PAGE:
It seems impossible to avoid advice about becoming a better communicator because it appears everywhere. The ability to express yourself well is essential to leadership and management: you must communicate your vision, mission, and goals to your staff and team members in a way that’s inspiring and motivating. But there’s another side to effective communication that’s too often overlooked: attentiveness.
[youtube v=”b4VLLsxqpnw”] Highly effective nurse managers never underestimate the importance of listening with empathy and the goal of understanding another point of view. Empathizing can help to defuse negative emotions in a conflict. And the ability to listen allows you to connect not only with your staff but also with leaders in other departments, who may have a different set of interests from yours. You will often have to balance these competing interests, and you can’t do this effectively if you don’t understand the priorities held by others.
A truly attentive manager provides the staff with opportunities to be heard, perhaps through questionnaires or meetings that include time for each attendee to speak.
Yet, while listening is important during scheduled meetings, nurse managers should also listen informally – for instance, when chatting during meals or coffee breaks.
Your ability to listen may also have an indirect effect on patient care. When you listen to your staff, you empower them to speak up, without fear of repercussion. When staff nurses are free to voice ideas or concerns, it eliminates many of the disparities in knowledge or power that are common within the health care hierarchy. Why wouldn’t you want to listen attentively to your frontline caregivers? Their ideas can lead to process improvements that can enhance patient safety or cut operating costs.
Effective leaders also demonstrate attentiveness in the form of positive feedback. They give praise and make compliments that are timely, sincere, meaningful, and personal. They know true attentiveness is not a superficial pat on the back or an offhand comment like “great job, everyone.” Leaders understand that it matters to team members to have their individual efforts noticed and commented on personally.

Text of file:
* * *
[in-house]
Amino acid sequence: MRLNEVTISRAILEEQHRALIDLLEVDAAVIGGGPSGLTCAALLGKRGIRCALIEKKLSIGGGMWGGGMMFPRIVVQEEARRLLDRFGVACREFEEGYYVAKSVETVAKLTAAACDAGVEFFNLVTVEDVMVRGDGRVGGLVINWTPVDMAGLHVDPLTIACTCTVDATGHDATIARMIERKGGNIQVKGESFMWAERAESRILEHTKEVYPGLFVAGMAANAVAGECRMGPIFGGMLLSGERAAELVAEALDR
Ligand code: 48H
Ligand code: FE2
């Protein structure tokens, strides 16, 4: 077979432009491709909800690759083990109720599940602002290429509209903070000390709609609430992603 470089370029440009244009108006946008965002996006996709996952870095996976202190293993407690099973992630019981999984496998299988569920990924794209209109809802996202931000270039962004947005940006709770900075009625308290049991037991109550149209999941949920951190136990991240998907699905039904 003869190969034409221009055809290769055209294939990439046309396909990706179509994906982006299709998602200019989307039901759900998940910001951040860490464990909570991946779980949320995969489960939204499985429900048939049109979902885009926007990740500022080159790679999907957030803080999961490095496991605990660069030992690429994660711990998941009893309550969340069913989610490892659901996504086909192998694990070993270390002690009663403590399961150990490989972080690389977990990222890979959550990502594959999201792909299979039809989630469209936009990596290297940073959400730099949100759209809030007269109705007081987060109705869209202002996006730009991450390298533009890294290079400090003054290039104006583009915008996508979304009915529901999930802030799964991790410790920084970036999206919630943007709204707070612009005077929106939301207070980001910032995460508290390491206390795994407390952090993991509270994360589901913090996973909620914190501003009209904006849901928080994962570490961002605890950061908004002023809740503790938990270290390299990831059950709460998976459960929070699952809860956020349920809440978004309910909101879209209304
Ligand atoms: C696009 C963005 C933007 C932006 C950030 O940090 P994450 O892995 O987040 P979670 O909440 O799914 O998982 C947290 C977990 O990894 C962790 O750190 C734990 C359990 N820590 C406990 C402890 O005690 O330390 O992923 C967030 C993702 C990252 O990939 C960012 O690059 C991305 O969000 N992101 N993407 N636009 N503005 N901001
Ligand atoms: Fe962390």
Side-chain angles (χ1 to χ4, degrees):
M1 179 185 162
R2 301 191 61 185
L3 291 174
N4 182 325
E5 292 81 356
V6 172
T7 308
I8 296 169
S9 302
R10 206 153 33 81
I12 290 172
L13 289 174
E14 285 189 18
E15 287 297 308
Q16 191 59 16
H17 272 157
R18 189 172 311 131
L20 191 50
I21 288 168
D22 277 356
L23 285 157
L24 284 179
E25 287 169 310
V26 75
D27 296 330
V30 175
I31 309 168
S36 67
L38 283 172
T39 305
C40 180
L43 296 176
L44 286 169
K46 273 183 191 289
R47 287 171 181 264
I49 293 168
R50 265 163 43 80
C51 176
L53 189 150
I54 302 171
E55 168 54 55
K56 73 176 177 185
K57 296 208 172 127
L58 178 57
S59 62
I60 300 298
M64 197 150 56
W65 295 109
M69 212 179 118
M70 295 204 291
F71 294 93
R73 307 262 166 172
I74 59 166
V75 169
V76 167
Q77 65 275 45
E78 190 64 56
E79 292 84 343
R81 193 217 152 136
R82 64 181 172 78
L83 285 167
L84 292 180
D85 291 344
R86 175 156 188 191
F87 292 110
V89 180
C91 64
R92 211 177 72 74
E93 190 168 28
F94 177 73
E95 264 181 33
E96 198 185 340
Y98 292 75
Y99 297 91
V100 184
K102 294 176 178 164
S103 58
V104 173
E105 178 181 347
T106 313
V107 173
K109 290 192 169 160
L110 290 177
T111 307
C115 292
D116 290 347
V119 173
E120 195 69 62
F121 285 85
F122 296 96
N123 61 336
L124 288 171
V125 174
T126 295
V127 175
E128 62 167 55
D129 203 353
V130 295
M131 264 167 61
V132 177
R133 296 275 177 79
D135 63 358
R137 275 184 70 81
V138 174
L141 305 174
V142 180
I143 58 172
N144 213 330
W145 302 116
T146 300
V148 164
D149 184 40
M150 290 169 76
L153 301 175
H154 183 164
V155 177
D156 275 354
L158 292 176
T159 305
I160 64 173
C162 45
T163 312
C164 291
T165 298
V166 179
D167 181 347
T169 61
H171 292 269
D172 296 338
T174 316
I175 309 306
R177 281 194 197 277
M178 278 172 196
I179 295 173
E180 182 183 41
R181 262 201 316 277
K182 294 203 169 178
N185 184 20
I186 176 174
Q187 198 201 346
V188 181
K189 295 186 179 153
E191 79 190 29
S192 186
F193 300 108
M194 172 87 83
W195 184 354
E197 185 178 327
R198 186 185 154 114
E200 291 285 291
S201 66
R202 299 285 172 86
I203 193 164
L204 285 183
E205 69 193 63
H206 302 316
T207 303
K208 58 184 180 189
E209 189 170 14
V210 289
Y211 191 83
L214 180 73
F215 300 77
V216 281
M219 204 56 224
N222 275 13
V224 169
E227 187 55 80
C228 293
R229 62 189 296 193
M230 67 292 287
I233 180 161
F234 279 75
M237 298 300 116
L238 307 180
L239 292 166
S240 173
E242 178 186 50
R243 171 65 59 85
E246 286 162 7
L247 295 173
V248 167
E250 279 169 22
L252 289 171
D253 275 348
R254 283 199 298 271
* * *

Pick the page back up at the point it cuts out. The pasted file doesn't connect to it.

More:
When there is a conflict, attentiveness comes into play in the form of active listening skills. Active listening is often taught through role-play, because it takes both practice and effort. It is a set of skills that you actively choose to employ during a discussion with another person who is angry, upset, or frustrated. No amount of training can make you a better listener unless you decide to practice and improve your active listening skills.
Here are some basic guidelines for improving active listening skills:
- Do not share your own anger or frustration with the other person.
- Suspend judgment – do not allow a certain word or phrase to trigger an automatic response or prompt you to believe you’ve heard the same story before.
- Respond appropriately, both verbally and nonverbally. It’s not enough to be listening – the other person must see that you’re listening, because you’re maintaining eye contact, nodding where appropriate, and so on.
- Don’t interrupt, even if it seems the other person is talking for a long time or sharing details that are not important.
- Show that you are fully engaged in the conversation by asking questions or taking notes when it’s appropriate to do so.
- Do not react hastily. Plan a response that is thoughtful and considers the other person’s perspective first.
There is a wealth of available information about active listening and management skills. You can tap into it by taking courses or reading widely about the topics. Formal nursing education is another good option. American Sentinel’s online MSN, Management and Organizational Leadership degree is designed for experienced nurse professional who seek to develop both management and leadership skills. Through case studies and hands-on course work, nurses examine the various human resource challenges facing an organization as well as the dynamic nature of the strategic planning and management processes.